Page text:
Happy Hour at Purple Café and Wine Bar (Woodinville, WA)


Smack dab in the middle of Woodinville’s “wine country” is Purple, a wine bar and café that had its start here and since expanded into three other local venues (Seattle, Kirkland and Bellevue). The dining menus are not the same among all four locations, though a few items are shared. For instance, on Wednesday nights, only the Woodinville location has the buttermilk fried rosemary chicken. Within walking distance are over 30 wine tasting rooms, most of which have wineries in eastern Washington. Purple has a prime location.

We were in time for its popular happy hour (3-6pm, weekdays), which has more variety in its snack list than in beverages. Beer in a can, for example, consisted today only of Amstel Lite and Bitburger Pilsner. Selections under Wine are a daily red, wine and sparkling. A wine bar should have a more expansive beverage menu for happy hour, in my opinion.

Still, my wife and I didn’t come here for drinks but to have something to eat after a movie. The HH Snacks include some interesting items, like gorgonzola stuffed dates, house made spreads, bruschetta, crab cakes and a cheese flight. We decided to share grilled broccolini and two sliders (BLTA and burger, both with shoestring fries).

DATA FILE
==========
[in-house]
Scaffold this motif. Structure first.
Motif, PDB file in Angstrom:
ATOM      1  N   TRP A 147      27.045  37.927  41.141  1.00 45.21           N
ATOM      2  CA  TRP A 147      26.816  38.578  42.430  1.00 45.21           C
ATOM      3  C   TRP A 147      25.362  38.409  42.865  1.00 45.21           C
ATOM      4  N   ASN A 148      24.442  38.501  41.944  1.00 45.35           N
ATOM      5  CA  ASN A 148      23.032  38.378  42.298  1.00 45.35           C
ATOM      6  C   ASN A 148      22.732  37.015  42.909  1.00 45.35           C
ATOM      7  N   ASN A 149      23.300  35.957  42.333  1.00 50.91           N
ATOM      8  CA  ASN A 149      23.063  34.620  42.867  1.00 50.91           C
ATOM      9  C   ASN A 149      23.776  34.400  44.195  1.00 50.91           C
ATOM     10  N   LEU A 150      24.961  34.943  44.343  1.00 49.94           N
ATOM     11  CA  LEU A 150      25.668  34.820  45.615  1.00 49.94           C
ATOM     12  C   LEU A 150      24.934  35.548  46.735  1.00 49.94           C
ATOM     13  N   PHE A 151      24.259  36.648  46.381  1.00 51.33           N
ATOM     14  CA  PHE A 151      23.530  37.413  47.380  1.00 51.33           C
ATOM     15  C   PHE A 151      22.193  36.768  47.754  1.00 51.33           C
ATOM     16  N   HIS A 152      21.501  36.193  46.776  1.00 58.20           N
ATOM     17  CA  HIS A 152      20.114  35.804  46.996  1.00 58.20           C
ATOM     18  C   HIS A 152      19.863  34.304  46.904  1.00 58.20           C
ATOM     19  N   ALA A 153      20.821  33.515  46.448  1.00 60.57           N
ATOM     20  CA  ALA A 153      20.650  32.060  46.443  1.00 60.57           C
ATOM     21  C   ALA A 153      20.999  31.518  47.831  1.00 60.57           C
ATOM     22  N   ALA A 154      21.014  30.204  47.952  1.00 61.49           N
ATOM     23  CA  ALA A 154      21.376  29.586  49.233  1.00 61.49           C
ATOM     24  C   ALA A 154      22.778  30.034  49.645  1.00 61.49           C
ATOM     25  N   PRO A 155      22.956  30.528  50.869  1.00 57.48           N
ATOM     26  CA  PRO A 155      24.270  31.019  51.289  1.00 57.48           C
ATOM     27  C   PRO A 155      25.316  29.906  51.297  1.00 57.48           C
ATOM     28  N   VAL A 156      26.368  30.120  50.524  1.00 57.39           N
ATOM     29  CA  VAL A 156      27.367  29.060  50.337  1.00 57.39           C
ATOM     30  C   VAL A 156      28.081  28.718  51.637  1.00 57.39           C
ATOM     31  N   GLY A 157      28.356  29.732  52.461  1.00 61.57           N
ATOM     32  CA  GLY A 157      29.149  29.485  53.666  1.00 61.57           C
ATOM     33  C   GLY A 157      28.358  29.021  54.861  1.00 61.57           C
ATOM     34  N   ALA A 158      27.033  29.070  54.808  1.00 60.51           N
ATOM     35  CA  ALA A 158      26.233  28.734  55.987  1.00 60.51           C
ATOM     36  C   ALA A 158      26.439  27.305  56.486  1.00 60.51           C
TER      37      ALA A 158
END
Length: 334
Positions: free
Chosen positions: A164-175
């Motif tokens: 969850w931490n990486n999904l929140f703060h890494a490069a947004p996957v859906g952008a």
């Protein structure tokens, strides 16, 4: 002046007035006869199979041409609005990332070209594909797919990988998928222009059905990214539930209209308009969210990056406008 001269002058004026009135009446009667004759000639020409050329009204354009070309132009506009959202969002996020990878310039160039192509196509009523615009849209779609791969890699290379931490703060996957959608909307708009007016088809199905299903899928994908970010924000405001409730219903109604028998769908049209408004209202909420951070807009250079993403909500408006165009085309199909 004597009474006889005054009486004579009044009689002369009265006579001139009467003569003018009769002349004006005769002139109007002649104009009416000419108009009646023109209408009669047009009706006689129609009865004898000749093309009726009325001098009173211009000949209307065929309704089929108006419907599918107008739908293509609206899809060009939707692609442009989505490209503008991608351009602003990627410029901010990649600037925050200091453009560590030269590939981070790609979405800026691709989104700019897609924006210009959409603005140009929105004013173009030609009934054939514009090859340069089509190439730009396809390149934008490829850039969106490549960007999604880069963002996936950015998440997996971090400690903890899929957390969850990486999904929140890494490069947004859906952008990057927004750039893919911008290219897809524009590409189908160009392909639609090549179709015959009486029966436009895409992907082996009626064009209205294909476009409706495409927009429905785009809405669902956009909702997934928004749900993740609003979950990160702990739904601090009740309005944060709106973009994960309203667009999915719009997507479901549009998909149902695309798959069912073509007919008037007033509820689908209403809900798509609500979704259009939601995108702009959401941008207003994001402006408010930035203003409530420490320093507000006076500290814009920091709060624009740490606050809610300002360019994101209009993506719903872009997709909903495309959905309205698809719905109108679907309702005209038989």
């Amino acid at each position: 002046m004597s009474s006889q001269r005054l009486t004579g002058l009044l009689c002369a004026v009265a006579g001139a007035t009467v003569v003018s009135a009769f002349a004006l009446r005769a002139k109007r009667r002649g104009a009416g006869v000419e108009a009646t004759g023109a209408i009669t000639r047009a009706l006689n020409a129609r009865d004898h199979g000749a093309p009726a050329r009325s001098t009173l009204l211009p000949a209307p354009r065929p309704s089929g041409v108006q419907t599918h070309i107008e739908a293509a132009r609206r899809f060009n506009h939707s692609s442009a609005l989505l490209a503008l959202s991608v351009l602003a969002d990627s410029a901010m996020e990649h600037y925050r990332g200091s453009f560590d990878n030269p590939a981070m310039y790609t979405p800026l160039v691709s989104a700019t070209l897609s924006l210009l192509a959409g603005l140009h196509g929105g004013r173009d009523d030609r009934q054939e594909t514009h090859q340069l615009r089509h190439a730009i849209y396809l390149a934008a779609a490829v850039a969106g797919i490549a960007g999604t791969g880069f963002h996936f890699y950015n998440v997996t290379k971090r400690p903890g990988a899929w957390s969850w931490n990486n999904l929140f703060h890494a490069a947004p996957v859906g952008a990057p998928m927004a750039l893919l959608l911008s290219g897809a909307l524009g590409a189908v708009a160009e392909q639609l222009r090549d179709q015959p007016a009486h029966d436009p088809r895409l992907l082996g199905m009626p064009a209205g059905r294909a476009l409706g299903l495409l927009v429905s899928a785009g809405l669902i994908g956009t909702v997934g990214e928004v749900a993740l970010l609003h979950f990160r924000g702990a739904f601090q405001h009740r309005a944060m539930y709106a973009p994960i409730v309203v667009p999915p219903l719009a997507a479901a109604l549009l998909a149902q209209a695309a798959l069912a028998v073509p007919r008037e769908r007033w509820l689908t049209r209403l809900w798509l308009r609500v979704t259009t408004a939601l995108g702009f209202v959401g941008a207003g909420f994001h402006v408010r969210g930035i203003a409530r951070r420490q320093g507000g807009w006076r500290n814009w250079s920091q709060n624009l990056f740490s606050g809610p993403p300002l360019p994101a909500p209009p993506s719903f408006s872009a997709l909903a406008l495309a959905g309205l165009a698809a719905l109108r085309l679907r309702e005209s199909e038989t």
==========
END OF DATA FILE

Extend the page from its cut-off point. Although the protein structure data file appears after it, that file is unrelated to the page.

Burger sliders are tricky beasts. The smaller patties make it difficult to keep the ground beef moist, even harder if restaurants want to cook it past the e. coli threshold. Rarely, if ever, does one get a ‘medium’ burger, let alone a ‘medium-rare’ one, to one’s liking. In fact, the waitress didn’t give us a choice. Purple’s patty was almost vulcanized, an unfortunate end result for meat sourced from the much-ballyhooed beef consortium of eastern Oregon’s Painted Hills. Condiments of grilled red onions, lettuce, tomato, sherry vinaigrette and spicy aioli didn’t improve the situation (☆☆). It cost $5. Aah, but the shoestring fries! Those were divine (☆☆☆½), if a bit over-salted.

Painted Hills beef burger with shoestring potatoes

Painted Hills beef burger with shoestring fries

BLTA (BLT with the addition of avocado) fared better. The bacon was nicely crisped between small, seeded burger buns. Again, it’s difficult for a slider to have the same impact as a full-sized BLT between slices of toasted bread, which can support more lettuce and a thicker slice of tomato, even more mayo. Still, for what you get and the price ($4), it is a very good and tasty sandwich (☆☆☆), worthy of ordering again. It too was coupled with those fantastic fries.

BLTA with shoestring potatoes

BLTA with shoestring fries

Also very good (☆☆☆) was the grilled broccolini. It was served after the sliders were almost finished, a reflection of the generally slow and uneven service here. We had to remind them that the vegetables had not yet arrived and (earlier) that we needed catsup for the BLTA fries. The broccolini were perfectly cooked, dressed with olive oil, chile flakes and red onions brightened with vinegar.

Grilled broccolini

Grilled broccolini

Purple Café and Wine Bar
14459 Woodinville Redmond Rd. NE
Woodinville, WA 98072
425.483.7129

Eating Solo in Ballard on Pooch Duty